Not many would blame Oden if he puts off college. He would hardly be the first high school prodigy wooed away from it by a guaranteed three-year contract worth more than $10 million -- and untold millions more in endorsements. Since 1995, when Kevin Garnett skipped college and was selected fifth in the draft by the Minnesota Timberwolves, 22 high schoolers have made the leap. The largest crop ever -- as many as 10, led by Atlanta standout Dwight Howard -- will enter the league next season after selection at the 2004 draft meeting on June 24.
The influx of teenage millionaires has fundamentally altered the NBA -- and may become an issue in labor talks next year. Teams draft on potential, usually investing years of training and millions of dollars in salary before preps develop into stars. Most work out: Of the 22 drafted, only three aren't in the league anymore. Some, such as Garnett and Indiana's Jermaine O'Neal, are among the league's elite. Others, such as Washington's Kwame Brown, the No.1 pick in 2001, are mere role players so far.
HELPING HAND. More worrisome to NBA Commissioner David Stern have been a couple of disastrous failures. South Carolina hoopster Taj McDavid declared himself eligible for the 1996 draft, thereby forfeiting his college eligibility. He wasn't nearly good enough to be selected and is now out of organized ball (see BW Online, 6/24/04, ""Fantasy" vs. Fact in the NBA").
A handful of others have also made foolhardy draft declarations, only to be passed over. And Leon Smith, a Chicago high school star, attempted suicide shortly after being drafted in 1999 by the Dallas Mavericks. He has since pieced his life together and was recently invited for some tryouts, but he's thought to be a long shot.
The league is eager to avoid any more such cases and to help drafted teens through their often-bumpy first years. It has added three extra sessions for players under 20 to its mandatory, year-long rookie transition course, starting even before Draft Day. Mike Bantom, NBA senior vice-president for player development, has increased his staff of full-timers from 6 to 11 in the past 3 years, including a clinical psychologist among the new recruits. "None of these kids is quite prepared for how hard they're expected to work," says Bantom. "And a lot of them feel alone on the road."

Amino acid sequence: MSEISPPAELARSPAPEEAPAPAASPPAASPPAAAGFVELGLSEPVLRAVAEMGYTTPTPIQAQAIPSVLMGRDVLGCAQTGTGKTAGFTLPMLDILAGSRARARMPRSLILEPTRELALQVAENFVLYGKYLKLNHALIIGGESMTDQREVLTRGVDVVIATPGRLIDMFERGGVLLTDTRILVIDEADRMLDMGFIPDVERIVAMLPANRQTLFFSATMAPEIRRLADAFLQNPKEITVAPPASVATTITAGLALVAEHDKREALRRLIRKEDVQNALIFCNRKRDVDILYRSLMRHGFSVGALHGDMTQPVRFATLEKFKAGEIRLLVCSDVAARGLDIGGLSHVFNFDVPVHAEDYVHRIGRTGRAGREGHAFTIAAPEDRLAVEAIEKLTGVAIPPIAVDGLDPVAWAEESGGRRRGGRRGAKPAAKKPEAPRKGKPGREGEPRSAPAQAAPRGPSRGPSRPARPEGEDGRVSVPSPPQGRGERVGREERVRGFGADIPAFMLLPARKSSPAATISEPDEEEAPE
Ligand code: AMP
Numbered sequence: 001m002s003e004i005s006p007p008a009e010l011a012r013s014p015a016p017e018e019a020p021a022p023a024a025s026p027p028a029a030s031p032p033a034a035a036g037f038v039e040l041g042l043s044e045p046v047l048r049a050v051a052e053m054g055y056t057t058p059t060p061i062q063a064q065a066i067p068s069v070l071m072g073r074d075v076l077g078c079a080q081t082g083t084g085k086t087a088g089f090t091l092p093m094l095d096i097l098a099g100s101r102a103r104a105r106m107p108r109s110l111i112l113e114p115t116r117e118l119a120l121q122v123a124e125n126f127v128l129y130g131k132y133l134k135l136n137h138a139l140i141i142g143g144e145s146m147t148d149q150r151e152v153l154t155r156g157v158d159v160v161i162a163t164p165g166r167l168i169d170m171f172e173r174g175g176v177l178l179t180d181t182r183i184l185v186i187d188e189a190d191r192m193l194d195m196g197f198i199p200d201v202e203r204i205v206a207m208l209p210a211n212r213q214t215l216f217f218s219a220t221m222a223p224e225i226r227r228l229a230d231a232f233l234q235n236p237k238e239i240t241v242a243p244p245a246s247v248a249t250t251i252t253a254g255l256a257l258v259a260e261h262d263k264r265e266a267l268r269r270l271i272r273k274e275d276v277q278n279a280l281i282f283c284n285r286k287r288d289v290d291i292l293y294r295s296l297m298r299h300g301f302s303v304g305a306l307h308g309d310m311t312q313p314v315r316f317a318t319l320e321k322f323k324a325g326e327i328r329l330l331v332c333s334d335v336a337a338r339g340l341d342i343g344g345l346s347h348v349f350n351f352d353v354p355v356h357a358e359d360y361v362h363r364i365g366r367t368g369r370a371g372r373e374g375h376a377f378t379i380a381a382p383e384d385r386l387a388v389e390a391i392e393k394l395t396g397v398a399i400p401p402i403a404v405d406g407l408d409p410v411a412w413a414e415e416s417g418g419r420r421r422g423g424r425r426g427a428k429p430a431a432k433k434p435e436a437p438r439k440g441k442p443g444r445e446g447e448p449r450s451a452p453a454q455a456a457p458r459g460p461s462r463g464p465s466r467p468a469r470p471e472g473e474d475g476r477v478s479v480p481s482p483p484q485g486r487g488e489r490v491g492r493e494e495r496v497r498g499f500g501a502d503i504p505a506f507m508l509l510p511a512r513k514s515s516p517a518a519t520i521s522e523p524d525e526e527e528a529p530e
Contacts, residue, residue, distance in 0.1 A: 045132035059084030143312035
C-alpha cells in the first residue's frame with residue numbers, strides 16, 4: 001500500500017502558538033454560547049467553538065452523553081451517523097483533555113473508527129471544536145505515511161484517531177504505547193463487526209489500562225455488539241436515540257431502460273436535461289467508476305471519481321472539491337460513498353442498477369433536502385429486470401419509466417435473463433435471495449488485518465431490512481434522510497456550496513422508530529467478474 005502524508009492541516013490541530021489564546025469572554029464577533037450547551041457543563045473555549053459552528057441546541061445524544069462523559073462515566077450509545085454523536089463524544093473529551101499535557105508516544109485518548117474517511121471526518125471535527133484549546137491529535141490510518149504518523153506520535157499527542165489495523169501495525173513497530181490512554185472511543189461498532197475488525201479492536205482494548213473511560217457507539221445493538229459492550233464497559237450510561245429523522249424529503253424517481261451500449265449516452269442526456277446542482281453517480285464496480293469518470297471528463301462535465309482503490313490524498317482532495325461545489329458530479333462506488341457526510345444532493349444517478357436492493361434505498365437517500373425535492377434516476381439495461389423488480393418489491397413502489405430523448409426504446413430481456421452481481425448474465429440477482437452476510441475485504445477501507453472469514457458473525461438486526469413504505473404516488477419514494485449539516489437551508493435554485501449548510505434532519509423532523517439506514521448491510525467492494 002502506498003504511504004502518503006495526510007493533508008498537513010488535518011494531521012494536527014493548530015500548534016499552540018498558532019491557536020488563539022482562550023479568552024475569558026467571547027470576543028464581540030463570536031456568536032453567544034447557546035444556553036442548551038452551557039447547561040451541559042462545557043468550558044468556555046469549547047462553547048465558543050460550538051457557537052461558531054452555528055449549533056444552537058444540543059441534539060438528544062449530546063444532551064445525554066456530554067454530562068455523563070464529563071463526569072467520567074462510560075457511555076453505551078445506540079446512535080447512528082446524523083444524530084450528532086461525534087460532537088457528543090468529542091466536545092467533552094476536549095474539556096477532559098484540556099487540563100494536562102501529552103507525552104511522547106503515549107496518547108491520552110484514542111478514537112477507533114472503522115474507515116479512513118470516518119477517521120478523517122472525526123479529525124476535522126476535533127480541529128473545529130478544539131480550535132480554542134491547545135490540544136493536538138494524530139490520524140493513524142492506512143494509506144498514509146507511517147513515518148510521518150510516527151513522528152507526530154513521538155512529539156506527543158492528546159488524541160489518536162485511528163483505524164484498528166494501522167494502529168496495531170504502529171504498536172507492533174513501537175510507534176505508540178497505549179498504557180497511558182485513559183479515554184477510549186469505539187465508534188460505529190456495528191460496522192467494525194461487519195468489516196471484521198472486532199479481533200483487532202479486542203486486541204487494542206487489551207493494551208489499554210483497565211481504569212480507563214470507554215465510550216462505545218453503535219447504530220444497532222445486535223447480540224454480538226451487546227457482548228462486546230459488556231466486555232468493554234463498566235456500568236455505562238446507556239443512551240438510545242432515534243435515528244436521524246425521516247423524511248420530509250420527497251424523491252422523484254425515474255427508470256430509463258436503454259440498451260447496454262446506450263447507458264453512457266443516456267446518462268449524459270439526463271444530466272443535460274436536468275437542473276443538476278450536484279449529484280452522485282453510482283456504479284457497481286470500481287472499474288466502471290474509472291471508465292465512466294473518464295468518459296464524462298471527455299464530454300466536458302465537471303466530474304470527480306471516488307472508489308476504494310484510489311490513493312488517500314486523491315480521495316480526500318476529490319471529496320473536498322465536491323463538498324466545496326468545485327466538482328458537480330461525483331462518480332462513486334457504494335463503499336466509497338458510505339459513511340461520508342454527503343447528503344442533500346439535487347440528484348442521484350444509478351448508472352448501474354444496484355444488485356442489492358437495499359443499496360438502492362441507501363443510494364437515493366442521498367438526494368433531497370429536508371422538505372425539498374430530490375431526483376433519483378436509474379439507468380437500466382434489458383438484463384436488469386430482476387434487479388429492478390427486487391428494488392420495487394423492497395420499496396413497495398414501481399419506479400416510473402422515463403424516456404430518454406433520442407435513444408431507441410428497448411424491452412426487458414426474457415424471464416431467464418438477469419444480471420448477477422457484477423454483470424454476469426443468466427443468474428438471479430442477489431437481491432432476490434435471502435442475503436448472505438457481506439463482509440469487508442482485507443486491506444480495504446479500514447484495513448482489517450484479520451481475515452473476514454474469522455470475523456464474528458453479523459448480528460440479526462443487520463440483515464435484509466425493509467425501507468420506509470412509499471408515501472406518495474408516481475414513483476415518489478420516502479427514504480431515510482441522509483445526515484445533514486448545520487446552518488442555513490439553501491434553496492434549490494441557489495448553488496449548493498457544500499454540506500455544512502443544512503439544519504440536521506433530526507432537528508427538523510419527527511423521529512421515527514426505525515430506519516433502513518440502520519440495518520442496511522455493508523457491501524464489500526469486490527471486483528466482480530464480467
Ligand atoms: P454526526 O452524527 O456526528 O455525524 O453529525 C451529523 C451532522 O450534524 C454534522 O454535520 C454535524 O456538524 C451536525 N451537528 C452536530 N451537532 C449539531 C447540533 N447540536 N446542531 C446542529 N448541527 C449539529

GAME OVER. His deputy, Chrysa Chin, director of player programs, makes personal visits to each rookie through the year. Trained as a social worker, Chin advises them on matters that 18-year-olds usually don't think about, such as how to pay bills. She keeps in constant touch with a two-way pager, a BlackBerry, and a cell phone. "I'm like a mother with newborns," Chin quips.
In addition, 21 of the 30 pro teams have created staff positions dedicated to young-player development. Bill Wennington, a retired NBA center, works with youngsters on the Chicago Bulls, a team that bet heavily on high schoolers when it acquired 18-year-olds Tyson Chandler and Eddy Curry in 2000. "At times [they have] an inability to focus, but it's amazing how much they want to learn," says Wennington. Among his tasks when the Baby Bulls arrived: getting them to stop playing video games until 5 a.m.
The lessons begin even before young players start wending their way up teams' draft boards. Between games at a four-day June camp hosted by the NBA Players' Assn. in Richmond, Va., Oden and 100 other top high school players attended hour-long classes on SAT prep, "sexual decisions," and burnishing the right image. DeNita Turner, a consultant with Image Builders, based in Laurel, Md., drilled the kids about how to leave a proper phone message. One high schooler acted out a scene explaining why his name came up in a police investigation. The lesson: Hanging out with the wrong crowd has consequences.
GAMBLING ON THE FUTURE? But Dwight Howard's Class of '04 could be the last to make the prep-to-pros leap. Basketball's collective bargaining agreement expires at the end of next season, and Stern is pushing for a 20-year-old age limit. Otherwise, "We're going to be faced with a number of kids taking great chances with their futures," the commissioner says.
The players, however, won't raise the age limit without a fight because of the oodles of money at stake. Michael McCann, a sports law expert and Harvard Law School visiting scholar, estimates that under the current accord, a player who jumps to the NBA after high school can add as much as $100 million to his career earnings.
And so far, with the NBA's help, the phenoms seem to be handling the pressure. Just look at last year's instant superstars, Cleveland's Lebron James and Denver's Carmelo Anthony. According to McCann, teenagers have had a much higher success rate than foreign and collegiate draftees, mostly because they make up a tiny group who have been scouted since the age of 12 for their athletic talent.
True, as Stern says, "there's more opportunity for rocket scientists and brain surgeons than there is for NBA players." But those jobs sure don't pay as well. Hindo is a reporter for BusinessWeek in New York